Millinocket woman creates Web group for displaced millworkers

Posted May 01, 2011, at 12:36 p.m.
Last modified May 01, 2011, at 3:45 p.m.

MILLINOCKET, Maine — A century of papermaking has ended in the Katahdin region. It might never come back.

That’s why Susan D’Alessandro has created a place where anyone in the world can express their rage, regrets or float ideas to help those affected.

D’Alessandro’s katahdincares Internet group debuted last week at yahoo.com  and as of Saturday, with no publicity, had attracted 23 members, she said.

“The idea is to provide a forum for people who are concerned about what’s going on and to offer constructive ideas,” D’Alessandro said during a telephone interview from New Jersey, where she is helping her ailing mother.

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“That’s part of the beauty of the Internet,” she added. “Everyone is sitting home alone in their living room whining about what’s going on. We all need to stand up and be counted. It’s way past time.”

Meriturn Partners LLC announced on April 8 the end of its efforts to buy the East Millinocket and Millinocket paper mills from Brookfield Asset Management for $1. The San Francisco investor cited a failure to meet its goals and several East Millinocket mill customers’ seeking other vendors. That left about 450 millworkers jobless.

State and local officials had begun trying to find a new East Millinocket owner for at least several months previous and to help Brookfield revitalize the Millinocket mill since it closed in September 2008, idling about 150 workers.

Thus the future of papermaking in Katahdin, arguably Maine’s most storied location for papermaking and the forest products industry, hangs on continuing efforts to find a mills’ buyer, which Brookfield officials have given about 90 days before mill decommissioning will begin.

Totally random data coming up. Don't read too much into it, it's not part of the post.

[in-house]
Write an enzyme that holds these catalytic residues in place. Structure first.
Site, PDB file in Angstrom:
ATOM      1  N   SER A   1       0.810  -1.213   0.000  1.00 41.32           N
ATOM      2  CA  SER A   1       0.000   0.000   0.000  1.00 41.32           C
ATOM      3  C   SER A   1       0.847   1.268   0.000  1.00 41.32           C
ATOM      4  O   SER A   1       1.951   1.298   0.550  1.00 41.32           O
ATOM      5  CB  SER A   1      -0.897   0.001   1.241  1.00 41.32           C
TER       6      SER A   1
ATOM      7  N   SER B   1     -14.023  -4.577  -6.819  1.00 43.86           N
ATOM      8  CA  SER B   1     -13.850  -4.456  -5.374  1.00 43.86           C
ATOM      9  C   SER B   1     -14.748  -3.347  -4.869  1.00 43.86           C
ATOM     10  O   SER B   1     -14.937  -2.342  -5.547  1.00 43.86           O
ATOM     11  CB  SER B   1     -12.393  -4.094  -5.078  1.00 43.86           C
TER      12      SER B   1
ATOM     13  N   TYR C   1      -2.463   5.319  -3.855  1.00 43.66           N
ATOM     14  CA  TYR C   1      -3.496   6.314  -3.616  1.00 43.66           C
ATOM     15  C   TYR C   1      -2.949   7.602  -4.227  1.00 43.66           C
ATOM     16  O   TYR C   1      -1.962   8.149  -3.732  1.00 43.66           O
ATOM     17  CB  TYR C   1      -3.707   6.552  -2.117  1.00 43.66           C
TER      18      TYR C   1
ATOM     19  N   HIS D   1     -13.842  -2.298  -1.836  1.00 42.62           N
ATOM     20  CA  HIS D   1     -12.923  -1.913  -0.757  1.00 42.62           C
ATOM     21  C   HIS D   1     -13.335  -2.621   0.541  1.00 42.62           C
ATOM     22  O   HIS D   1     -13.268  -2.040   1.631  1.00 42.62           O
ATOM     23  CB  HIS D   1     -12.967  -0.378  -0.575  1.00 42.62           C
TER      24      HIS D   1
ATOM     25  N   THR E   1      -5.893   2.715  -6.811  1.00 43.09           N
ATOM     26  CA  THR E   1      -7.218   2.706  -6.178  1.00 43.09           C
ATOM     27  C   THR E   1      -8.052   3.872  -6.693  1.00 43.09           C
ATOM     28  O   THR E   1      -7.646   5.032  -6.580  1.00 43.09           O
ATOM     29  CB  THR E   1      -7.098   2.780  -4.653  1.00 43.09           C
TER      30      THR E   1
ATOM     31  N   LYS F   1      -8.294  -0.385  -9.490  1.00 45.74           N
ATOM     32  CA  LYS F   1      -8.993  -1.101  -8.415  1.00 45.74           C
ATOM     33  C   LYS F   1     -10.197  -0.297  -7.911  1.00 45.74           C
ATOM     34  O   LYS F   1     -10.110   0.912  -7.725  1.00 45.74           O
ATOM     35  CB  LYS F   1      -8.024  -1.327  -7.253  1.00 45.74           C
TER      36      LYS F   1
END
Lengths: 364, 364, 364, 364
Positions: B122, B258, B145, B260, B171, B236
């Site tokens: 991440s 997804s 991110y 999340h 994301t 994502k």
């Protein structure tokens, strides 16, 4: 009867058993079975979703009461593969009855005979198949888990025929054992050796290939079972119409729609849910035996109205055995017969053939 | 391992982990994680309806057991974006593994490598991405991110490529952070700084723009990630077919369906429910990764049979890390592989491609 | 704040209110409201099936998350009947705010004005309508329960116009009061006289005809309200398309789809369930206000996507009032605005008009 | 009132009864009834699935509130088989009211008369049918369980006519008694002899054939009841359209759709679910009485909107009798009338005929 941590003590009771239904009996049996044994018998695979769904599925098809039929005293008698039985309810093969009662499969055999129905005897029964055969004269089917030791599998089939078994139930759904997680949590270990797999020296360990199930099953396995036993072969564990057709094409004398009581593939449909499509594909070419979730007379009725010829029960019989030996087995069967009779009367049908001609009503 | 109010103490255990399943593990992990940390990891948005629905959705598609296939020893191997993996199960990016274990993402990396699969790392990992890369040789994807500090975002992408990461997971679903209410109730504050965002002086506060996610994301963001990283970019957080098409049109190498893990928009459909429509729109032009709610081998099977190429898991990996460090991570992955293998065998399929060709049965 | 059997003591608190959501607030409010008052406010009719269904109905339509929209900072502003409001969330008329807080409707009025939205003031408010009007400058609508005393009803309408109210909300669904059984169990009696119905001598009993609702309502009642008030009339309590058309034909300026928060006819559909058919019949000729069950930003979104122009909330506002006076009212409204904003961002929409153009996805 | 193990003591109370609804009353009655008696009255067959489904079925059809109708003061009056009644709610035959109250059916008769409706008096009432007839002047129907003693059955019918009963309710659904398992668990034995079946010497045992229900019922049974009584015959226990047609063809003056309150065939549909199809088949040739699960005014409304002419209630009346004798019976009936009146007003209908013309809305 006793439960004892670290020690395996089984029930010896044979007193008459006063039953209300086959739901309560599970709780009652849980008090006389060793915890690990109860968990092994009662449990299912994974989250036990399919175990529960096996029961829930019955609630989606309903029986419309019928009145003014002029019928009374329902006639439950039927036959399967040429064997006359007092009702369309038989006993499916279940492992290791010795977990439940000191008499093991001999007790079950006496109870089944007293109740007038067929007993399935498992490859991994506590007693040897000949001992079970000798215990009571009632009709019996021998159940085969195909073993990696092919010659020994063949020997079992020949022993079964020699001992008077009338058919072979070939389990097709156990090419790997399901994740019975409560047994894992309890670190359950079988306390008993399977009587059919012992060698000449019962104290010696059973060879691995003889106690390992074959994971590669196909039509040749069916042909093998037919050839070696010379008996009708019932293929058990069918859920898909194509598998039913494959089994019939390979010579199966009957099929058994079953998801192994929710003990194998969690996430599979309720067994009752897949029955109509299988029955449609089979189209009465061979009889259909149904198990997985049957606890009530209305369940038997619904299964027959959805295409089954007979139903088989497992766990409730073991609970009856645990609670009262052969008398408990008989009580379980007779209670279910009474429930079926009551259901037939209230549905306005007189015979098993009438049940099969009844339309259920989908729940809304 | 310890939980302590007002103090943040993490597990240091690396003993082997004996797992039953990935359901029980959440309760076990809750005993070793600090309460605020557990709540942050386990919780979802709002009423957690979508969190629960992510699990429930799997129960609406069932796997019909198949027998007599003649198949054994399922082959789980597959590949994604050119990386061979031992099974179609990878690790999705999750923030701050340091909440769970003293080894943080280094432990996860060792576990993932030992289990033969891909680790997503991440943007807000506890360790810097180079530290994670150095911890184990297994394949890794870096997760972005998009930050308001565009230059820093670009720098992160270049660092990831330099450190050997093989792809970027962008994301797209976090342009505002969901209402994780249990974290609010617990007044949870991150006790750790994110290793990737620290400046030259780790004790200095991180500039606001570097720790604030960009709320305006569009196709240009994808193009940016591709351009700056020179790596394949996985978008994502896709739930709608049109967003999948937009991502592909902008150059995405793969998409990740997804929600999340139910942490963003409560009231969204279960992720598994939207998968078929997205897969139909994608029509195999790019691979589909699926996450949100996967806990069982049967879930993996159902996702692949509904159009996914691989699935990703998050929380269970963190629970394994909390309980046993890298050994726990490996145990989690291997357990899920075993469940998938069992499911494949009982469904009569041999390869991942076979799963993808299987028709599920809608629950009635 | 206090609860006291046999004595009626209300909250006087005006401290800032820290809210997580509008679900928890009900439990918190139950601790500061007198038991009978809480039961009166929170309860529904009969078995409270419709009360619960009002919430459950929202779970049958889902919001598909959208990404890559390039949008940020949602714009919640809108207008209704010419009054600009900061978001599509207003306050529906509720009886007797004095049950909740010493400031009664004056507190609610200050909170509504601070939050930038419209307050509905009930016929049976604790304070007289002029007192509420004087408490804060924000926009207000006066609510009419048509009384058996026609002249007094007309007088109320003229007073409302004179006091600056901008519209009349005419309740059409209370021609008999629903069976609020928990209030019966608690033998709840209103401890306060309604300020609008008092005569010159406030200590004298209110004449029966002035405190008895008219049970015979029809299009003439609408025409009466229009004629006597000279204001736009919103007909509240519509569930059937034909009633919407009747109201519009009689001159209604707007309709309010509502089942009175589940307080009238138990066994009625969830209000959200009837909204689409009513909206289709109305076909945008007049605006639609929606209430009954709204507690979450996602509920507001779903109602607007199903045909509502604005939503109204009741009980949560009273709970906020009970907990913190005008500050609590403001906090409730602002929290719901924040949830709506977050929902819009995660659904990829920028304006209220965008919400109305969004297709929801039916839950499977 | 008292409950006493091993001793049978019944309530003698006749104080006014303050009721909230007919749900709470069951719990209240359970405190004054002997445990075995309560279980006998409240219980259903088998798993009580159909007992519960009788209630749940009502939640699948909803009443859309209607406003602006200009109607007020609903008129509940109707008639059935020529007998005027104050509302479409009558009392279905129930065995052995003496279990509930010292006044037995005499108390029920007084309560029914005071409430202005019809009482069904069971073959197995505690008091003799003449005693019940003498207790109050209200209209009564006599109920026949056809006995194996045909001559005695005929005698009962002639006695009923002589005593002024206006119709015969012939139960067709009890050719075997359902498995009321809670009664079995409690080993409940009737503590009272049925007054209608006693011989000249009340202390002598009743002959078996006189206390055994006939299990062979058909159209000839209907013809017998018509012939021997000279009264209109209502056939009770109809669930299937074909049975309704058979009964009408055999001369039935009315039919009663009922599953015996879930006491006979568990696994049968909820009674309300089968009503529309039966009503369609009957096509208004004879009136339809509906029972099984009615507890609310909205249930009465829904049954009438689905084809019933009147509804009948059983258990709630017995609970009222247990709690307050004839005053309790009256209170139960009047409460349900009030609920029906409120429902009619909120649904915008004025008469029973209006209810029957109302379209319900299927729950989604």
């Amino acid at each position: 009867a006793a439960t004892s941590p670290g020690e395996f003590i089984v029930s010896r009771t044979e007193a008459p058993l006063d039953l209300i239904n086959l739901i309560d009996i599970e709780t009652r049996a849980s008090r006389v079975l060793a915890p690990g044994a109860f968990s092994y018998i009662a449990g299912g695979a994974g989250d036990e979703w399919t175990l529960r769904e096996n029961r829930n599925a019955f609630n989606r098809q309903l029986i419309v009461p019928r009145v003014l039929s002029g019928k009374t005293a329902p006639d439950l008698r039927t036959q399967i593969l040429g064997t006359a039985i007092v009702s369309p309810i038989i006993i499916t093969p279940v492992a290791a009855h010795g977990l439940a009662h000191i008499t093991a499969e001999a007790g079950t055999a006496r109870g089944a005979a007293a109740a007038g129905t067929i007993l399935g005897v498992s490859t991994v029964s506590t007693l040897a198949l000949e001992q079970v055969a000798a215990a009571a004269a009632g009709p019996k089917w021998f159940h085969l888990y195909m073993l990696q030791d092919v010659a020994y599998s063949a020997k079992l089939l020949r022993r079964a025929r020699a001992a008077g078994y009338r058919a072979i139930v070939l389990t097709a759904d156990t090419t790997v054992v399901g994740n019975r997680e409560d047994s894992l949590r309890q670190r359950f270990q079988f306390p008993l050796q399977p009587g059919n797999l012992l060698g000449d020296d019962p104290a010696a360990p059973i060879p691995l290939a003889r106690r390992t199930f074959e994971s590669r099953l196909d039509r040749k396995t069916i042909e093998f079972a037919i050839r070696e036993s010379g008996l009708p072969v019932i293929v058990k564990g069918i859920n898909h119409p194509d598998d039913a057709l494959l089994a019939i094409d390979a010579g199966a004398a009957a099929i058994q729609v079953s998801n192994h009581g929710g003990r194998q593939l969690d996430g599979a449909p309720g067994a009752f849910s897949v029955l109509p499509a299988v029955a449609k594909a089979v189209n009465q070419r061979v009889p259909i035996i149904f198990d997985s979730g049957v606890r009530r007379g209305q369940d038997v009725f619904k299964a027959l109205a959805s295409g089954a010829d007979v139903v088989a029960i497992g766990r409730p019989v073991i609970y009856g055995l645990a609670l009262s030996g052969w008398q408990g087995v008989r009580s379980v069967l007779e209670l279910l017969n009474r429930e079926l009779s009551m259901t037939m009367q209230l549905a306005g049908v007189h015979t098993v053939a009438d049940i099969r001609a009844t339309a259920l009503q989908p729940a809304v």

The shutdown’s impact hasn’t been fully felt yet, but workers will receive one more paycheck and some severance pay and officials in East Millinocket and Millinocket predict town government layoffs. East Millinocket school board members have voted to close one school.

It has prompted everything from prayer to a visit from Gov. Paul LePage set for Tuesday, his first since assuming office in January, and the extension of invitations to President Obama.

All of this is painful and frustrating to D’Alessandro, a town resident since 1976 whose son is a third-generation logger. The region’s slide from a top papermaking site employing several thousand to April’s closure has been a slow, excruciating process that has left Millinocket a far cry from what it was when she first arrived, when the town had one of the state’s highest per-capita income averages.

“It’s almost like we’re frozen in time. All this time has gone by and nothing has really changed except we don’t have anything anymore,” D’Alessandro said.

Original mill owner “Great Northern Paper had at one point 2.3 million acres for papermaking and the biggest hydro system in the country,” she added, “and now we’re down to what?”

D’Alessandro hopes her Yahoo group, which anyone can join, will help unemployed workers find jobs and other aid, businesses find workers and new ideas about revitalizing the region’s economy. She also hopes others will turn the site into a place for things she hasn’t anticipated.

“We can’t undo what’s happened but let’s work with what we’ve got before it’s too late,” D’Alessandro said. “We’re so isolated up there and trusting, and some of that is a lack of knowledge. People don’t know where to find the knowledge.”

A search of the Internet and Facebook revealed many pages or websites devoted to the Katahdin region and its economy, including one Facebook page devoted to drawing a Kmart to the region, but none appeared to be like D’Alessandro’s — a page done by a resident that aims to help millworkers.

Millinocket hasn’t had a great history with bulletin boards and websites, D’Alessandro said. As many as a half-dozen were created in the region starting in 2004 that often seemed to be more about sniping and boycotting than brainstorming and solving problems. All of them today seem inactive or gone.

D’Alessandro said she will welcome venting, but not vendettas.

“People are so intimidated about the term ‘economic development’ when really it’s just about brainstorming ideas. That is what I am trying to push,” she said. “No idea is silly; no idea is too small. There are so many talented people with so many ideas out there and there’s no way for them to get together. That’s what this is about.”

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